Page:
Category : Landscape Architecture

Creative Placemaking: Storytelling About People and Culture

To design and create meaningful and memorable public spaces where people want to be, the growing awareness related to Placemaking initiatives must be centered on both the functional and aesthetic challenges.

The term “Creative Placemaking” has become one of those overused phrases or buzzwords that has either lost its meaning or perhaps, never achieved the significant denotation that would help establish a common language.…

Read More...

Creating a Living Laboratory on Your Campus

More colleges and universities are discovering the benefits of planning and implementing campus landscapes that are more than function and aesthetics but are transforming the campus into a “living laboratory.” These integrated learning environments are fostering strategic use of the exterior environment, connecting students to real-world applications, establishing new multipurpose spaces, and will continue to evolve as education demands change.…

Read More...

The Impact Placemaking can have on a College Campus

The process of “placemaking,” a concept that for half a century has been more common to the public realm, can help transform private campuses and campus life.

Maple trees loom large in the history of Simpson College, and in the icons and narratives created to celebrate it.…

Read More...

Branding our Parks System

Creating a Competitive Edge – with a Coordinated Parks Graphic System –

Our park systems have a multitude of competitors vying for their user’s eye and attention. Between man-made destination water parks, to indoor digital driving ranges, to digital devices which encourage park users to look more at their phone than their surroundings, our parks and park systems are in need of attention.…

Read More...

Follow the Green, Grassy Road

Designed to get people somewhere, greenway trails connect parks, link communities and can create expansive networks for non-motorized transportation.

Long and linear, greenway trails often follow the path of natural features in existing landscapes, such as streams or rivers and are sometimes developed along unused railway corridors.…

Read More...

Farming the Gold of Design Residency 2015

Our 2015 Design Residency topic focused on “Urban Alchemy.” We wanted to identify how cities can combine existing and proposed urban elements and spin them into social, economic, and environmental gold. We engaged ten of the top collegiate students from across the Midwest in our design residency process, and challenged them to address a loosely-bounded district in downtown Des Moines near the riverfront that included 24-acres of proposed “re-invigoration” projects.…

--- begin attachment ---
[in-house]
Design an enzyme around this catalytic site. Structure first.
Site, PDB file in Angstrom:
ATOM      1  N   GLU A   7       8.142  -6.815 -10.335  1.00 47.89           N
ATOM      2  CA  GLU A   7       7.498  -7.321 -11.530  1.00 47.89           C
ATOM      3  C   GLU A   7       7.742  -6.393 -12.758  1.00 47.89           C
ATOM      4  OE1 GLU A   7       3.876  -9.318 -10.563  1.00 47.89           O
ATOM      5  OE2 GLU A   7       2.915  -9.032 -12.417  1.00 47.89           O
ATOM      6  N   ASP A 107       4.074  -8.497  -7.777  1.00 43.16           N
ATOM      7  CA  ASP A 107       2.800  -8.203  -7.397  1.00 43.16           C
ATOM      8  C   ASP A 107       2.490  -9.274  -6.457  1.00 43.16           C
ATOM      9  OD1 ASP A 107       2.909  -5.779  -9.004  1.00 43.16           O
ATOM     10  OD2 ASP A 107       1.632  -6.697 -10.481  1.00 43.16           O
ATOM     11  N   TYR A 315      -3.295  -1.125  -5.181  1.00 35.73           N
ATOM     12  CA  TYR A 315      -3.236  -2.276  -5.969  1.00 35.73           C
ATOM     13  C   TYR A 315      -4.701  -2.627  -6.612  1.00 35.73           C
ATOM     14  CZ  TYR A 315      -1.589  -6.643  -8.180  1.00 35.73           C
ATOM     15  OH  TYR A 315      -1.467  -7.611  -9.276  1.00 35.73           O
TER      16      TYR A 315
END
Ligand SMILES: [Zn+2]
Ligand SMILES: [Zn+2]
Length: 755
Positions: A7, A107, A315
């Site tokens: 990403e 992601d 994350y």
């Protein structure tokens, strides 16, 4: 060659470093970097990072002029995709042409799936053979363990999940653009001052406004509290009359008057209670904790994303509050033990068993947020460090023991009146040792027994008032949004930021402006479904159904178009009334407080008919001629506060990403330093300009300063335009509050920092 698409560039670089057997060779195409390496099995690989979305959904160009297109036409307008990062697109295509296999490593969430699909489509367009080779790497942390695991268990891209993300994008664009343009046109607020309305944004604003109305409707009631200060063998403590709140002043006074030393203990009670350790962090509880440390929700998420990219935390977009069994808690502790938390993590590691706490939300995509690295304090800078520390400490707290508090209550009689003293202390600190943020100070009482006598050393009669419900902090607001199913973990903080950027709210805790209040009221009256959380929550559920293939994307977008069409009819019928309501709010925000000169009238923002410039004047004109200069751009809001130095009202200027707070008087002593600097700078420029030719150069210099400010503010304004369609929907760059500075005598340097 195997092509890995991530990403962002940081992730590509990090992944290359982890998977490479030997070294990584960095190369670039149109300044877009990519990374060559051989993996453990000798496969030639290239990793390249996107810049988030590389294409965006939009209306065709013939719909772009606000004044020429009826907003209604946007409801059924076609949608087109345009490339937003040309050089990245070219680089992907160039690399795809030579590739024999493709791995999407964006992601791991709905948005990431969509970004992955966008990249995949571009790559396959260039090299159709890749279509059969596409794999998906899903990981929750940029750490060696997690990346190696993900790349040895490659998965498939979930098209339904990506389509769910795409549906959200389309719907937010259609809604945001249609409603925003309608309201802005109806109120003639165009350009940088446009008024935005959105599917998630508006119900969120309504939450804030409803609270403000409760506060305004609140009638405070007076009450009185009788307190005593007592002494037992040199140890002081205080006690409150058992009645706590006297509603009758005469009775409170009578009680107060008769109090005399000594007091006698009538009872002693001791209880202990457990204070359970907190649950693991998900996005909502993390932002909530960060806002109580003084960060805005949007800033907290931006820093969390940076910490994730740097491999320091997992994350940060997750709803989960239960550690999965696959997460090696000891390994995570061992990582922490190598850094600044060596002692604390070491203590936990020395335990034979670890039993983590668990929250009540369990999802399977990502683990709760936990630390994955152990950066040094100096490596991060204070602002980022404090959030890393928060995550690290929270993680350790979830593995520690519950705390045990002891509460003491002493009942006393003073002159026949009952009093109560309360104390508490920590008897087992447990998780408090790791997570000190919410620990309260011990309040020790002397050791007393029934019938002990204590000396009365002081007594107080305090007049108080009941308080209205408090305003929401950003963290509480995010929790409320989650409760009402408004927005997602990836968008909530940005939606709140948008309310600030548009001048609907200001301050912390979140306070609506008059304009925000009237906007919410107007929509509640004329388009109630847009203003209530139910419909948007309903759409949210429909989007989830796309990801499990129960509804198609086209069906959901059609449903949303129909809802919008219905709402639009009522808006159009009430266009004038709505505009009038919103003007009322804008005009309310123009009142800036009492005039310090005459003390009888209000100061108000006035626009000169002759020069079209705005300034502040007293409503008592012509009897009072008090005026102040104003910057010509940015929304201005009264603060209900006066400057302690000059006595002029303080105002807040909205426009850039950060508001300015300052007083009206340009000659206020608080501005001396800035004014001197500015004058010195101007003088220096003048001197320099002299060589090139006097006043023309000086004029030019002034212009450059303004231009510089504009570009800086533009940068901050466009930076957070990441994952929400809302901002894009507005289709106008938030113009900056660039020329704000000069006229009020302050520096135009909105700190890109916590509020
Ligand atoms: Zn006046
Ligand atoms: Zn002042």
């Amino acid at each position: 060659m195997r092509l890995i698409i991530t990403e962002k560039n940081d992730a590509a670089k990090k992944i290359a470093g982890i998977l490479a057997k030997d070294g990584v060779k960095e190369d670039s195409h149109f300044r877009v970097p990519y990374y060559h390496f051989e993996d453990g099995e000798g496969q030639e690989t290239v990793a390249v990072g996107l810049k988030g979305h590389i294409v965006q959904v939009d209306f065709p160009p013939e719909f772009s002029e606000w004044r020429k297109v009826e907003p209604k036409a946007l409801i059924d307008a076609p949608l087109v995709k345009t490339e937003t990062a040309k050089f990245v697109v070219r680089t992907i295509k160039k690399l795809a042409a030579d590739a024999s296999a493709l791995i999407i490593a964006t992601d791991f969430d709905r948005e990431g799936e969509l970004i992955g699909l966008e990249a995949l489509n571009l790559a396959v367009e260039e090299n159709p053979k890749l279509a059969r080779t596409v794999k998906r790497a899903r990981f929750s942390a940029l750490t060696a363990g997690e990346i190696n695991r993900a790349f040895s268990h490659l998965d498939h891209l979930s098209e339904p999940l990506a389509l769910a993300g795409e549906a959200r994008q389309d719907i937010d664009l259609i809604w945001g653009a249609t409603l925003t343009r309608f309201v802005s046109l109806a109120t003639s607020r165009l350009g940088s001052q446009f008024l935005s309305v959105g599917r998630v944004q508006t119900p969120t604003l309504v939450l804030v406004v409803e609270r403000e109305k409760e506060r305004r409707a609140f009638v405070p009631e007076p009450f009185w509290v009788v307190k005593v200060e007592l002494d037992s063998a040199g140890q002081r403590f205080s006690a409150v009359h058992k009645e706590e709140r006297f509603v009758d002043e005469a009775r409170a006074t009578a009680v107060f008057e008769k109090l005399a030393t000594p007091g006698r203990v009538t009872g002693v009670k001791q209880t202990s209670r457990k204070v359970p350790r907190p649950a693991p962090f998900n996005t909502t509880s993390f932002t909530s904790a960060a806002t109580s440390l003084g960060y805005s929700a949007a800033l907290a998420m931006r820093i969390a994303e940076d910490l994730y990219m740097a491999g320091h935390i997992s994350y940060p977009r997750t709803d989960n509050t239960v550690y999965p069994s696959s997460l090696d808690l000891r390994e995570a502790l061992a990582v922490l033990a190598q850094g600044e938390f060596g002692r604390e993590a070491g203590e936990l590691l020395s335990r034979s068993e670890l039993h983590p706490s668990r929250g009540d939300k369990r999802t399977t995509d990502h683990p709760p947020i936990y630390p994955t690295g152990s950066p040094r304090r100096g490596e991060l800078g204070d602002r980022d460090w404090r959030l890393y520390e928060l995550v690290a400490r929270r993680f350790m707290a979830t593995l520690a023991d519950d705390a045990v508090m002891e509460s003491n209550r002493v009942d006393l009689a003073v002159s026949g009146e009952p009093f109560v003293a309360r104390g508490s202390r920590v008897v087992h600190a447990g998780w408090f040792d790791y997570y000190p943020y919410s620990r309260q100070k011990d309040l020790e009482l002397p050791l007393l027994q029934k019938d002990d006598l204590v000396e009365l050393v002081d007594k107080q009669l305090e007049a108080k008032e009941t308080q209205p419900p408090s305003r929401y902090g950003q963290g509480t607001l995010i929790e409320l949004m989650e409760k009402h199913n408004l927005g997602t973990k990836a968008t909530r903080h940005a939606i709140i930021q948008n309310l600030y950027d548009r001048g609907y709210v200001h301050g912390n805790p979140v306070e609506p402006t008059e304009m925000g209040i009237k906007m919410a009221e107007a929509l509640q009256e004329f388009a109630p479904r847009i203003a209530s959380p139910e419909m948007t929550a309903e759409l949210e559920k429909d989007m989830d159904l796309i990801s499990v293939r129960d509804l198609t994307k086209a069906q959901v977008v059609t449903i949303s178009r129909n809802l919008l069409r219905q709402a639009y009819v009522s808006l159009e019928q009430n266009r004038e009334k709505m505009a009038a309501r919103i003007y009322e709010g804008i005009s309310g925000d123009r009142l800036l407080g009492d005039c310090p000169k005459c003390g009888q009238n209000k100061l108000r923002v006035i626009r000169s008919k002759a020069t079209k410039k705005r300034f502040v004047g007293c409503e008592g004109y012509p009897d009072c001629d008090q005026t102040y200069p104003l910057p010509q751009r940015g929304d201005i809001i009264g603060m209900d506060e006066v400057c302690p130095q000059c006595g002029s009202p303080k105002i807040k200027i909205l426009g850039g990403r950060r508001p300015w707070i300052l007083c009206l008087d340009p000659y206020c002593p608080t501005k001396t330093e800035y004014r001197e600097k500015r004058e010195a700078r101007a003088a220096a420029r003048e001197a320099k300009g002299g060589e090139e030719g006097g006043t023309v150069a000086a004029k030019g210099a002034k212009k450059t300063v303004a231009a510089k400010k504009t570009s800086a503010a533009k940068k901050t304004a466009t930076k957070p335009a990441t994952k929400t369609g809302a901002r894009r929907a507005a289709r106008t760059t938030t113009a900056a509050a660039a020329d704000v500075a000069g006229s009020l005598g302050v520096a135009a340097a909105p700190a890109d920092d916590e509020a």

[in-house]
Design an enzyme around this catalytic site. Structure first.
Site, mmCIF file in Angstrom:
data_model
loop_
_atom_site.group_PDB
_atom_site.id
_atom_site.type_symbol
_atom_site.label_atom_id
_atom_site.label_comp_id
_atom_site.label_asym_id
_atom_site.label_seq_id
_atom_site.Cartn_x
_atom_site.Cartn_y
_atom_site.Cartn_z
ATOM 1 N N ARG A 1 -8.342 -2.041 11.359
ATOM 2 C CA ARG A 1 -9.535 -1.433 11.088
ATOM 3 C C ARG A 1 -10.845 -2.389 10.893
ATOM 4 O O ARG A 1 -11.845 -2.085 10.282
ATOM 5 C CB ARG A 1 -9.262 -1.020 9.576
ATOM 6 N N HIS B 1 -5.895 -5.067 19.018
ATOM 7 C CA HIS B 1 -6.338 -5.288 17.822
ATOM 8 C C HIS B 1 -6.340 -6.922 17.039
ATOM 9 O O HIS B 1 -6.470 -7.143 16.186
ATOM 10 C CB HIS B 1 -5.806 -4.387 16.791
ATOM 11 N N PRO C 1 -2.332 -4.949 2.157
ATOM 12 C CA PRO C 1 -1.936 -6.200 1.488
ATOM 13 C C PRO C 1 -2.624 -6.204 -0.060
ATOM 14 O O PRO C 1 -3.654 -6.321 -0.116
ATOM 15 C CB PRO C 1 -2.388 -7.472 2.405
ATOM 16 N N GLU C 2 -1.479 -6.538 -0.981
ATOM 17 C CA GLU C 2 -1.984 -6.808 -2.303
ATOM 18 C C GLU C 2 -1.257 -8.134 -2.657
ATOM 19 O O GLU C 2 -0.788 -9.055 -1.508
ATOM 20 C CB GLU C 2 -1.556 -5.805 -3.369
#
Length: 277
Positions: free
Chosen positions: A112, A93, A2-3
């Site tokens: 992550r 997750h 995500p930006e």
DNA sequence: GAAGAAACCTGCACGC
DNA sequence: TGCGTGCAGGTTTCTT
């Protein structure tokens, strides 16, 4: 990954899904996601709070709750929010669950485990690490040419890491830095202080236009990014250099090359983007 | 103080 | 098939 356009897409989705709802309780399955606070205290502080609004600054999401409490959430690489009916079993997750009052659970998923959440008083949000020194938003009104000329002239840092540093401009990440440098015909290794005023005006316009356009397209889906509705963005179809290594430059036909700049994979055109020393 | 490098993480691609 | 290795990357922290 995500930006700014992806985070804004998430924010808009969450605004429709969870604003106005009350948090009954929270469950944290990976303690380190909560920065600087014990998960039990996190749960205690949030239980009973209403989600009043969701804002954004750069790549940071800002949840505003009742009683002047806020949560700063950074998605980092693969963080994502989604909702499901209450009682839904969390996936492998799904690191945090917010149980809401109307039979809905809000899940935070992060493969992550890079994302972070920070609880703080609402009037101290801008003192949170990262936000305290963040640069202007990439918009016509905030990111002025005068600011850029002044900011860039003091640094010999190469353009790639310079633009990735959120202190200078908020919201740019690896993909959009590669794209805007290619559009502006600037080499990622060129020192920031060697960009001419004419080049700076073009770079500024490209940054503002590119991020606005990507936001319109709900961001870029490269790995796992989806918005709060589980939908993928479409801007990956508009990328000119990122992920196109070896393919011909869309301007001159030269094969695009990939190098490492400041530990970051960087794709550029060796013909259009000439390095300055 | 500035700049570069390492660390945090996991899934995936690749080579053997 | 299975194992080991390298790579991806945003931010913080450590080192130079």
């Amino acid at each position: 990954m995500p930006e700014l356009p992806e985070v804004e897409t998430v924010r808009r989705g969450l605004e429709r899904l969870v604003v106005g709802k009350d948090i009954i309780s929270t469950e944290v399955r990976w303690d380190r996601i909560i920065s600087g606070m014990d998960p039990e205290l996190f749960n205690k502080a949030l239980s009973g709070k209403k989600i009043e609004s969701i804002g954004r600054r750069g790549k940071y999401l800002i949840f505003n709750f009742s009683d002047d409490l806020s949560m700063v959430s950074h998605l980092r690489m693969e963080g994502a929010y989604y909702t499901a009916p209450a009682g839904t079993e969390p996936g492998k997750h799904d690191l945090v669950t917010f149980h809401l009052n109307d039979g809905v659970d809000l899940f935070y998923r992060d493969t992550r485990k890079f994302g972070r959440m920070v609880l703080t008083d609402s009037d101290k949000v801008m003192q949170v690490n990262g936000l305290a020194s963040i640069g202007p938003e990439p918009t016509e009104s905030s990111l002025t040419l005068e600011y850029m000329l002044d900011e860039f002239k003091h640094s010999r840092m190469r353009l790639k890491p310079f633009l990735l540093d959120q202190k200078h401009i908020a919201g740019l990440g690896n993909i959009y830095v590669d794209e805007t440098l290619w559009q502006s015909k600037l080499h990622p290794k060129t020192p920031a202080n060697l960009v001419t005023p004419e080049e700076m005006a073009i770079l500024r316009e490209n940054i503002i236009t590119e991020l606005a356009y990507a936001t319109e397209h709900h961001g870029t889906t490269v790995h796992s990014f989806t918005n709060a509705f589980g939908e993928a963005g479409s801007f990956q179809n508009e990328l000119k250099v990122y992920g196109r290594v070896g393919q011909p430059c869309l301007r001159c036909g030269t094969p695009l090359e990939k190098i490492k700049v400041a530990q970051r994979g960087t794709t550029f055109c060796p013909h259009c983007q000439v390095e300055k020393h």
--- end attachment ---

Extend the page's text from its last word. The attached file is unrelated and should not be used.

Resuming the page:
Read More...

Unleashing Children into the Great Outdoors

How natural playscapes can bolster the intellectual, emotional, social, spiritual and physical well-being of children.

A group of young children splashes around a pond in search of slithering tadpoles. They tip-toe their way through the grass to observe butterflies and then set about creating a mini track and field area for beetles in the sand.…

Read More...

FIVE Sustainable Site Practices:

Through integrated best management practices, we are striving to incorporate measures that reduce the amount of runoff and improve the water quality of every site. There are site and design practices that can assist in creating a more sustainable, regenerative environment, while utilizing a natural systems approach – one that mimicking the ecological systems of the tall grass prairie.…

Read More...

Outdoor Ed: The Power of Ecological Design in Early Childhood Centers

How incorporating design that mimics experiences in nature can increase opportunities for learning and play.

The fundamental realization of the need for ecologically-integrated early childhood centers lies in the fact that children are receiving fewer and fewer opportunities to interact with flora and fauna, particularly in the early development stages of their lives.…

Read More...
1 2